It's great. It's yeah, it's funny that your story is that the first time you heard of this thing called OD, it was actually it was actually with Mayvin. It's amazing, it's bit of a full circle moment that you're now coming to join us.


You're bringing experience with you from private sector and civil service. And you're currently in the NHS. Yeah, quite a varied background before coming in to work with us. So that's really exciting. So yes, the other question I asked the the rest of the team last year, was the difficult issue that we all find hard to answer, which is, how do you how do you define what OD is? And, you know, we all have that awkwardness when you know, a family member or a friend of the pub says, 'What is it your company does?' And we all struggle to find an explanation as to answer that. And I think we all have our own ways. So how do you go about defining what OD is?


Carolyn Parker  9:05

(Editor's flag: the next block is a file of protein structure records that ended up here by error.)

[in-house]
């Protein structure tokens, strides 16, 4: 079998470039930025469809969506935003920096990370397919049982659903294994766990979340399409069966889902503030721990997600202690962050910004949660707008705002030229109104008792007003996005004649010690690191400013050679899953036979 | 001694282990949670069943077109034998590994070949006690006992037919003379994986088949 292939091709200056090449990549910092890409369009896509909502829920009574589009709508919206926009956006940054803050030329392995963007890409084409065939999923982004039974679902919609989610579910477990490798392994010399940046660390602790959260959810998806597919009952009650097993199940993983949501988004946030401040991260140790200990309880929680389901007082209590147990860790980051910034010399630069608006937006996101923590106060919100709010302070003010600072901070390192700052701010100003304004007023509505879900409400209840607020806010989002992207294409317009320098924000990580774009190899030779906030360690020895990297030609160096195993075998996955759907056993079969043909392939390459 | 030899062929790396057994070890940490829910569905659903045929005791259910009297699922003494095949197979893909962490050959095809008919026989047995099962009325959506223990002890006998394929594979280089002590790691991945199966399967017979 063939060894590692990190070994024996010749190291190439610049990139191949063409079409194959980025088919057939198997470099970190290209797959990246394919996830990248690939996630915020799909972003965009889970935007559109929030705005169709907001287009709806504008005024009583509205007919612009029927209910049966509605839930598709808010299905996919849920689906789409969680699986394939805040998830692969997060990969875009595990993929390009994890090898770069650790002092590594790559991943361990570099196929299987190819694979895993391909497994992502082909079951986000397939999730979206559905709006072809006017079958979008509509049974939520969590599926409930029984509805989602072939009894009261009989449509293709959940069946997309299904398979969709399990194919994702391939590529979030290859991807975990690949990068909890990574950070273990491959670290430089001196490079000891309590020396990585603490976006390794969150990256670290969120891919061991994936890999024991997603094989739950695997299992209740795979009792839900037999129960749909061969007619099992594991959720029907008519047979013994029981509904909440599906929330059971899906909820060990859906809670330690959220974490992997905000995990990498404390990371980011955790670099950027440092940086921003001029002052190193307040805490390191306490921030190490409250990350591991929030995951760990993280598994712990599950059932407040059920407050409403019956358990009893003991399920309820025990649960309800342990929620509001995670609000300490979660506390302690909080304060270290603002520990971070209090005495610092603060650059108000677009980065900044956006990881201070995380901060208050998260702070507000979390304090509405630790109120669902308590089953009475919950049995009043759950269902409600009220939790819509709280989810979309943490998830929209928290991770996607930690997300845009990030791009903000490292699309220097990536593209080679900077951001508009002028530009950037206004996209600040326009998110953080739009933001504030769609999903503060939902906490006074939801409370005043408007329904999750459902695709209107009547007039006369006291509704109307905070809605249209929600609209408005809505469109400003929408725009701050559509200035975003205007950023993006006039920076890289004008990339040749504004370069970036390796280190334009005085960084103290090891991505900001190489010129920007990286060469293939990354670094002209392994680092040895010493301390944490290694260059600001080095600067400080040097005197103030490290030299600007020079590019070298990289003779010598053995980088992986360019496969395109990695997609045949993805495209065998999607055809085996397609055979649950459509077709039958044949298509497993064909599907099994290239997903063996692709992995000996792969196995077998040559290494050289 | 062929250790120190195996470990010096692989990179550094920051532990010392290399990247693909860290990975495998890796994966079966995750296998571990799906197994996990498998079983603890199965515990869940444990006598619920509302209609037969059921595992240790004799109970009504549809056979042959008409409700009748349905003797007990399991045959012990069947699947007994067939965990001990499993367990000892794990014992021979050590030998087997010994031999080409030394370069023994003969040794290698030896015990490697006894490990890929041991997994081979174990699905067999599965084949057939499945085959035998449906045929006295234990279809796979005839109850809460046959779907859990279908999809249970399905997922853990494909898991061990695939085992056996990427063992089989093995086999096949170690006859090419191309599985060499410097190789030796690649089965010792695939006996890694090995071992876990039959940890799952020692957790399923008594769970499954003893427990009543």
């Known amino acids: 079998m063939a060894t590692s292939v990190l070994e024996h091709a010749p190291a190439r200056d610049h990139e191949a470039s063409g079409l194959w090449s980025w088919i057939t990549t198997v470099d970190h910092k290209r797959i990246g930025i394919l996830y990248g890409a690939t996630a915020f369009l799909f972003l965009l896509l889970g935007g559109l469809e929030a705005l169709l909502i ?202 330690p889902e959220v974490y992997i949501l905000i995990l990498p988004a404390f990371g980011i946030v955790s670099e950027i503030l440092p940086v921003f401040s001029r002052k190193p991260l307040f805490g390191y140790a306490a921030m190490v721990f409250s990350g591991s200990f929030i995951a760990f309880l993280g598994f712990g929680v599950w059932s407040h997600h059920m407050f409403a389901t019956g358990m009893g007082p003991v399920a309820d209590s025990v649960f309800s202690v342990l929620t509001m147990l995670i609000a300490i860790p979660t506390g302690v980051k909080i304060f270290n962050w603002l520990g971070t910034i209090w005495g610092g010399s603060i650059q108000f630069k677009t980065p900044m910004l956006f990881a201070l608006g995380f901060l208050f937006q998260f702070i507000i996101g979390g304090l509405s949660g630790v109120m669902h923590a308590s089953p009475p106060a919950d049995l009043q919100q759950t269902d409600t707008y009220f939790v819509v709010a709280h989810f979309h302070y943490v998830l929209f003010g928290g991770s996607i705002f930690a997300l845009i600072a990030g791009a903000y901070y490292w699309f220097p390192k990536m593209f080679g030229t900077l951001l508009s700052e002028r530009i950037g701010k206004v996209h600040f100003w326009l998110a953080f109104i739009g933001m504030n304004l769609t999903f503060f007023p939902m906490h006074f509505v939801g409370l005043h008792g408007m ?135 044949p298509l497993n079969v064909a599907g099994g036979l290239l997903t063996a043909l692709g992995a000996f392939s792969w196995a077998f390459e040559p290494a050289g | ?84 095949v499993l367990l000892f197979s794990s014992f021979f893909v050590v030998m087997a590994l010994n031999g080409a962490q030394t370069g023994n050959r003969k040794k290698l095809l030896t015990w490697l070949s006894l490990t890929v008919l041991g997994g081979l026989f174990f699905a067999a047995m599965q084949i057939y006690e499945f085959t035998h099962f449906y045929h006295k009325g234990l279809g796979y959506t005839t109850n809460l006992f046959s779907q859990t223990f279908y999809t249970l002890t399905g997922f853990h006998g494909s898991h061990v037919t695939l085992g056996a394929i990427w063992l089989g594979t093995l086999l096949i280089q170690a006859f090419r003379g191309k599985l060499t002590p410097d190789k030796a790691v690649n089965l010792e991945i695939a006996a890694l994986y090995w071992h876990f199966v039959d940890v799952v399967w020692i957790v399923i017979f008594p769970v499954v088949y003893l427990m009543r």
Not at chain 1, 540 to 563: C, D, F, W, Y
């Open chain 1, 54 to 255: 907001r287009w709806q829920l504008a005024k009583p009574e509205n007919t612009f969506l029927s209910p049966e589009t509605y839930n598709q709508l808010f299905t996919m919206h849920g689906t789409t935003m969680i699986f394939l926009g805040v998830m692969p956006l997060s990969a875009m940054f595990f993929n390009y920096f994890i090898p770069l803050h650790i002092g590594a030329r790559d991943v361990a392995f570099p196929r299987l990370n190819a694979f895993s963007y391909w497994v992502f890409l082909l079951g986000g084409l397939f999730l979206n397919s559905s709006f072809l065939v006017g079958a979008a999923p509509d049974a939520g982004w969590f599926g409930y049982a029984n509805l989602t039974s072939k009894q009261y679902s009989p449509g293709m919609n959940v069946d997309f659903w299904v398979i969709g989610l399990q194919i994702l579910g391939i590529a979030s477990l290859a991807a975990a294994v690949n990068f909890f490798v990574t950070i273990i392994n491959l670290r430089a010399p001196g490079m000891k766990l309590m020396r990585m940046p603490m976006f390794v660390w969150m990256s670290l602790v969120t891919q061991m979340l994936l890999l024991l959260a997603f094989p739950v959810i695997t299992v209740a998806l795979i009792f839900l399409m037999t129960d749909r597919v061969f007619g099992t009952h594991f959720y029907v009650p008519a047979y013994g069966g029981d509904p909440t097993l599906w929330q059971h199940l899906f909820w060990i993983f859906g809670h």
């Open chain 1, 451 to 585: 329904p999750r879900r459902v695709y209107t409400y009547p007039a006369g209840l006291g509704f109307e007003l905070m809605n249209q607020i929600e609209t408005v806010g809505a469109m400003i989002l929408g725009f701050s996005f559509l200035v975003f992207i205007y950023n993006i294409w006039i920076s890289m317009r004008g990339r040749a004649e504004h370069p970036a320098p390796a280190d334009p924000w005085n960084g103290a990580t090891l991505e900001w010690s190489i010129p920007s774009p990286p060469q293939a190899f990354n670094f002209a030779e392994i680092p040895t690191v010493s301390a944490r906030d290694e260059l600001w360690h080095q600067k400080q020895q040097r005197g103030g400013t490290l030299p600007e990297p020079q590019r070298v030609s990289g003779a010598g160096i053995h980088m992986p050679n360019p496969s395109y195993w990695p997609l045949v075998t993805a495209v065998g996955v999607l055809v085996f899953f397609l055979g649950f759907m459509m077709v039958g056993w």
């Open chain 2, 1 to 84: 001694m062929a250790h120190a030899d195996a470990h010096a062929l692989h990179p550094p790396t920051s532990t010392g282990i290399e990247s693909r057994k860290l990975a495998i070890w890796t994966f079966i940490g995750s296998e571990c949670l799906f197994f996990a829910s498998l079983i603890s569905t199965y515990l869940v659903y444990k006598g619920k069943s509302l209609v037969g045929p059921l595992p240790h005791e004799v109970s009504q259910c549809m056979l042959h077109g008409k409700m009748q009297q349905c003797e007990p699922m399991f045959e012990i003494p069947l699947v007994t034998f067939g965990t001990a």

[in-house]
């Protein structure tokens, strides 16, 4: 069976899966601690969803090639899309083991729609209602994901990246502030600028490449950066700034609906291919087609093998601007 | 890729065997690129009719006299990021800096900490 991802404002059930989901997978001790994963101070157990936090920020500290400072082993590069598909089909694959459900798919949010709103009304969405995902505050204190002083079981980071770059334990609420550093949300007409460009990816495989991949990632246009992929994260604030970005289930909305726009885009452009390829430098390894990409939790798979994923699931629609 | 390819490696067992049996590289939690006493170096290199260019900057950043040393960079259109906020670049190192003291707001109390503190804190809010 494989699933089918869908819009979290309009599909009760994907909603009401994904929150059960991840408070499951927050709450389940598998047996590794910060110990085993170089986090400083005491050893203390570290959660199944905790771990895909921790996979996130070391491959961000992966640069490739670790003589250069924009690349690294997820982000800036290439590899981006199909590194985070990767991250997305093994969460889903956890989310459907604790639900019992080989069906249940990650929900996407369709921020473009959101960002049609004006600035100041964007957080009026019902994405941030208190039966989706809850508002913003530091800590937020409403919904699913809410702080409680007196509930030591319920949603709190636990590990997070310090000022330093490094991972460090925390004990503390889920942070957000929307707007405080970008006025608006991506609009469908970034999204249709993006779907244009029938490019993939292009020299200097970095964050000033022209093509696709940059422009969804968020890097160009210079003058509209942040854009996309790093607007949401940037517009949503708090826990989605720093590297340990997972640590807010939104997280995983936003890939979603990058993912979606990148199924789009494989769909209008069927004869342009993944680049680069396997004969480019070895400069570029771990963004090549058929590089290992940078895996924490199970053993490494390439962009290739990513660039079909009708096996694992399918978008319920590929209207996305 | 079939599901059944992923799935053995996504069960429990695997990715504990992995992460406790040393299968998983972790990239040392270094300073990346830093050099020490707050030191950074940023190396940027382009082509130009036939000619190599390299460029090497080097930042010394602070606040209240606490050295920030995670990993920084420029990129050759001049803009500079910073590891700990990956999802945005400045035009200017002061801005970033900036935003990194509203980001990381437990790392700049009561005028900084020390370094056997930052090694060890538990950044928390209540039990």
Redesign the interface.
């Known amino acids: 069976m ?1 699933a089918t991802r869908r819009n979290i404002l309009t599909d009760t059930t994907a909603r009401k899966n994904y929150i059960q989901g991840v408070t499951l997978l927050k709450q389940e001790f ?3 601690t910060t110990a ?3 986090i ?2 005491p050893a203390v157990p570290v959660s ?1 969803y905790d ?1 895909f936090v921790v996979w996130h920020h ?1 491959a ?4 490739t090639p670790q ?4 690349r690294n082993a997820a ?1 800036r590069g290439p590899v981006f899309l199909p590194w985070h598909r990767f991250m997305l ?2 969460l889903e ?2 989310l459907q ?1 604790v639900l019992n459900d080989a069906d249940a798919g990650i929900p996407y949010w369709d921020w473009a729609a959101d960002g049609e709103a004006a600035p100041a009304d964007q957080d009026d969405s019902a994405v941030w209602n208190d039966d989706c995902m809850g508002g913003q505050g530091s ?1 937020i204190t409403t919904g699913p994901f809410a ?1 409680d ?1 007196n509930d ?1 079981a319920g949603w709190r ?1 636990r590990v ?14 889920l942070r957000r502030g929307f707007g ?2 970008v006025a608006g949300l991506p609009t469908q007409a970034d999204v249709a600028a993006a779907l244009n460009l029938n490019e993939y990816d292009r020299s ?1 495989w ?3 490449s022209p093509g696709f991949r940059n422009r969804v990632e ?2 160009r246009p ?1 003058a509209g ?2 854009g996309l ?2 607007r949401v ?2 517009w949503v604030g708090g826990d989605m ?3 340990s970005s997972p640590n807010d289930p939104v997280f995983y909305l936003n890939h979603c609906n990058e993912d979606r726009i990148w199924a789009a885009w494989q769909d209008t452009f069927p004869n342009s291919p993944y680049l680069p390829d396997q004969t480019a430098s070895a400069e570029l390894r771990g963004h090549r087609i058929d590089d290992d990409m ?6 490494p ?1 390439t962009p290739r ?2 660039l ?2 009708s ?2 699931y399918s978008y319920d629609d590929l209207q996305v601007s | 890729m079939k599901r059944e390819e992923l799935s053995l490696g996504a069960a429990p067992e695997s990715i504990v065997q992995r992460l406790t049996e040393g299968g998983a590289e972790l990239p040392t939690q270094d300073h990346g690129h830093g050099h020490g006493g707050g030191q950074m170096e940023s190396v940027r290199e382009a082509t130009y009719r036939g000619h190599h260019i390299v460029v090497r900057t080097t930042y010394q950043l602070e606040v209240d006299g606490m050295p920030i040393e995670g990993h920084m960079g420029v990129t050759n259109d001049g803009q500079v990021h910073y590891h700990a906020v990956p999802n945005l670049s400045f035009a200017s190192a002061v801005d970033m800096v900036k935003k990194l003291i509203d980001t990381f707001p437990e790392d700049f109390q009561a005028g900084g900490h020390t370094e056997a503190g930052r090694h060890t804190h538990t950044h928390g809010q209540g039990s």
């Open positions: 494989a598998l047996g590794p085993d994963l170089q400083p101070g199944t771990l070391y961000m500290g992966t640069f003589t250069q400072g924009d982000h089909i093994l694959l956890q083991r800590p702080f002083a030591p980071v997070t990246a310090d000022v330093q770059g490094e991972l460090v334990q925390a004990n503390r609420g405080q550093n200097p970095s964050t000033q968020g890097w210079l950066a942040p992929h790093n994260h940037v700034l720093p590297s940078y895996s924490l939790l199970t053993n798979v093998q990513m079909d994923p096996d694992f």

Do you know what I think there's probably changes depending on who I'm talking to, on my latest thinking, I yeah, I've never quite nailed the kind of elevator pitch of what is OD. Partly I think because the field is is so broad, and it takes influences from so many other areas. So I think that's one of the things that makes it hard to kind of say it's this one thing but I suppose when people ask me so what is it you're doing when you're doing OD? I'm I kind of talk about how I'm working with individuals and with teams to help them think about it, how they can improve their individual and collective performance, how they pay attention to their relationships with one another and with other have teams across an organisation or a system, and how you create spaces for people to say the things that need to be said, I think in lots of organisational life, people aren't really saying the thing that matters to them, or they're not being 100%. Honest, for a variety of reasons. So a really classic example, I think, probably was one things I noticed when I was a business partner is the way in which you can sit in a leadership team meeting. And ostensibly, you've made a decision about something, we've all sat in the meeting, we've all agreed something and then we walk out of the room. And somehow that decision gets undone. Someone in a side conversation with you or say, I wasn't really sure about that. I don't really agree in your book, What stops you saying that in the room? And so I guess some of what I think we're doing in ideas is creating a space where people can say the thing that needs to be said that they can, you know, that we can think about who gets hurt, what is it we pay attention to, and what's the benefit of that, and maybe what's the, you know, potential shadow side of that. So a lot of it, I think, is about relationships. But I also think it's about how we do what we do in a way that is, it gives us the best opportunity to get the to realise, to realise and maximise people's contribution. So I was listening to another podcast, I was listening to this series in preparation for us, and really resonated with something that Sophie said, which I kind of hold true as well, as well, we spend an awful lot of our waking lives at work, we spend more time with our colleagues than we do with our partners, our friends, our family, our pets, you know, whoever. And, and so I'm really passionate about creating environments where people can thrive and realise their potential. And I think that's at the heart of OD, it's creating the right conditions for the people to deliver the best, the best work that they can in service of customer service users, the wider public, whoever it is, you do what you do for which is not a particularly succinct way of putting it in generally, I'm talking to my family, they're a bit like, alright, but what do you actually do?